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5 Written questions

3 Matching questions

  1. Rules for Valid Syllogisms
  2. subject term
  3. middle term
  1. a in a categorical syllogism, the term that occurs in both premises but is absent from the conclusion
  2. b 3. If a premise is negative, the conclusion must be negative, and vice versa
  3. c in a standard form categorical claim, the first plural noun identifying a class, group, or set

5 Multiple choice questions

  1. a deductive categorical argument in which a premise or conclusion is unstated
  2. Step 1: Basic Analysis
    Step 2: Argument » Fallacy
    Step 3: If argument does not commit a fallacy » Diagram + verify that the diagram is consistent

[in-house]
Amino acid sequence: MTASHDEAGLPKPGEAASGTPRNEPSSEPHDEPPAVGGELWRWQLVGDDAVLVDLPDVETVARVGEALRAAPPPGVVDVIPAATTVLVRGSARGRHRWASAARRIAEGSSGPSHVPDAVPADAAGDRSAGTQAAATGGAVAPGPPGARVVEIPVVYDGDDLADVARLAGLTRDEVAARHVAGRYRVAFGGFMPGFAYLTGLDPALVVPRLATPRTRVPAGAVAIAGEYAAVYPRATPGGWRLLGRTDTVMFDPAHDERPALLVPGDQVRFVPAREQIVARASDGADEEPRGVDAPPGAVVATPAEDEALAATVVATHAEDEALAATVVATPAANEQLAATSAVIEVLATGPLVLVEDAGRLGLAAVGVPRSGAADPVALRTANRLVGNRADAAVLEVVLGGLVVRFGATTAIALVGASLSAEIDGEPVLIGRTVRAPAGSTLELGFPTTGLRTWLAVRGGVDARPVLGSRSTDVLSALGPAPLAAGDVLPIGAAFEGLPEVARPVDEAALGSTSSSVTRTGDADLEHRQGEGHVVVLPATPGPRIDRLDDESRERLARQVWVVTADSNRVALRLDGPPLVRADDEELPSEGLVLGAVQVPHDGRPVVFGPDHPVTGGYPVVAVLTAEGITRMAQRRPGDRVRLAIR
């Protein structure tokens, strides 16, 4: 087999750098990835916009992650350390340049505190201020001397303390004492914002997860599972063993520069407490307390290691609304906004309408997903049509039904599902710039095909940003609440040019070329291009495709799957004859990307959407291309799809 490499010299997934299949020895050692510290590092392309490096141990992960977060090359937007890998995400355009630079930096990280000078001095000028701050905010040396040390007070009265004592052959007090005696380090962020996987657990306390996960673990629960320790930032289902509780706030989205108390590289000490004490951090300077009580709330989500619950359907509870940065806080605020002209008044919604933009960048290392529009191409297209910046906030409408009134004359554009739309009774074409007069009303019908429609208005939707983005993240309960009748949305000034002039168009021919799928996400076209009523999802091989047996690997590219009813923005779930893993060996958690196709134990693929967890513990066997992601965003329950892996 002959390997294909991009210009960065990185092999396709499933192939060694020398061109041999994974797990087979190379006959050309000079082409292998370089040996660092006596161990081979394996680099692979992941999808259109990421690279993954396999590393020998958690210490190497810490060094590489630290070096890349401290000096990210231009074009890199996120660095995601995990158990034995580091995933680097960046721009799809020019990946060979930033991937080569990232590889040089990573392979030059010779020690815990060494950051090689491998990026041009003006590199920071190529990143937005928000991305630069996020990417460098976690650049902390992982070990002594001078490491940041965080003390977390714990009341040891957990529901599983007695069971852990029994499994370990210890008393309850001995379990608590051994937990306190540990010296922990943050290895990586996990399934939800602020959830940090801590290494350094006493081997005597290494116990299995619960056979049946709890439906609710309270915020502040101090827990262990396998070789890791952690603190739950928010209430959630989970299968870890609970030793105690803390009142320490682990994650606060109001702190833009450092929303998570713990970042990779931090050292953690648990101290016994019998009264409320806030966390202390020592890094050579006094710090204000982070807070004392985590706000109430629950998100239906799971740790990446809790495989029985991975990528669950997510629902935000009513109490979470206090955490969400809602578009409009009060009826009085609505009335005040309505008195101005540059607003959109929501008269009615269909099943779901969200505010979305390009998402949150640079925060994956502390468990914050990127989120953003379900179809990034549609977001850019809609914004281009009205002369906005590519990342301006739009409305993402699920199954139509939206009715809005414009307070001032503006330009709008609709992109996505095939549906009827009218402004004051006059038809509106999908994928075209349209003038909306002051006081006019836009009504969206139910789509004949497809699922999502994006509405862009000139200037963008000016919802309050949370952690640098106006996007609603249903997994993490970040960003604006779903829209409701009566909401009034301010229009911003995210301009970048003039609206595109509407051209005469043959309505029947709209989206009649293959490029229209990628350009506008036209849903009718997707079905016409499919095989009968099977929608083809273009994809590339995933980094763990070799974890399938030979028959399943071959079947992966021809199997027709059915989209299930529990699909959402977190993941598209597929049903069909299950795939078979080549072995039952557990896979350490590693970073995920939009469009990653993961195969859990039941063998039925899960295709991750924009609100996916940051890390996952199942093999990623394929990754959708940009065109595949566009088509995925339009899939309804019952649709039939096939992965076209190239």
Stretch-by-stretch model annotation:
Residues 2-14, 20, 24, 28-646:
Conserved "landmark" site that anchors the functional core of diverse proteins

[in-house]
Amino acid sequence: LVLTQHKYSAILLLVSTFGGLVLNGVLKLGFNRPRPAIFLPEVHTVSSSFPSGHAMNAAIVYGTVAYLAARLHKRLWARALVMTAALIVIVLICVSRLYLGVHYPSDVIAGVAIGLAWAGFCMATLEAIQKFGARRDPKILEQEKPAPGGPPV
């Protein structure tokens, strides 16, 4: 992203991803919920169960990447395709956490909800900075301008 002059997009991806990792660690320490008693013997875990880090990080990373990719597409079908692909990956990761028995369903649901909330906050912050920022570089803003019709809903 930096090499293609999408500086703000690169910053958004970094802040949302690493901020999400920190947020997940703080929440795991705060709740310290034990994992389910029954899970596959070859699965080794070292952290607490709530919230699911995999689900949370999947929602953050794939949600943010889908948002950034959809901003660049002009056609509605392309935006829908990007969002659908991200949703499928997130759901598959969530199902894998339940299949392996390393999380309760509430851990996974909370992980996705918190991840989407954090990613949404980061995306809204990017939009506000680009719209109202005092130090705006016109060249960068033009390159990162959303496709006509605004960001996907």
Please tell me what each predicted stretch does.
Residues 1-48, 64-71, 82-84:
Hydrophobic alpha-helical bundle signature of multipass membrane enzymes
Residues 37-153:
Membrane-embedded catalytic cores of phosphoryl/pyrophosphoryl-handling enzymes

Step 4: Kind of Argument
    (deductive » truth-functional/categorical)
    (inductive » analogical, causal, inductive generalization)
    Step 5: Evaluate
    (If categorical » state syllogism in standard form + demonstrate valid/invalid using
    1. Venn diagram or
    2. rules for valid syllogisms)
  3. a common type of categorical argument, containing two premises and a conclusion
  4. the term beginning a standard form categorical claimm, which indicates the quantity and quality of the claim
  5. in a standard form categorical claim, the second plural noun identifying a class, group, or set

5 True/False questions

  1. the only'only' term that refers to the subject term

          

  2. standard formthe form of presenting categorical claims following the formal rules of their expression

          

  3. Rules for Valid Syllogismsa common type of categorical argument, containing two premises and a conclusion

          

  4. major termin a categorical syllogism, the predicate term of the conclusion, which is also present in one of the premises

          

  5. only'only' term that refers to the predicate term

          

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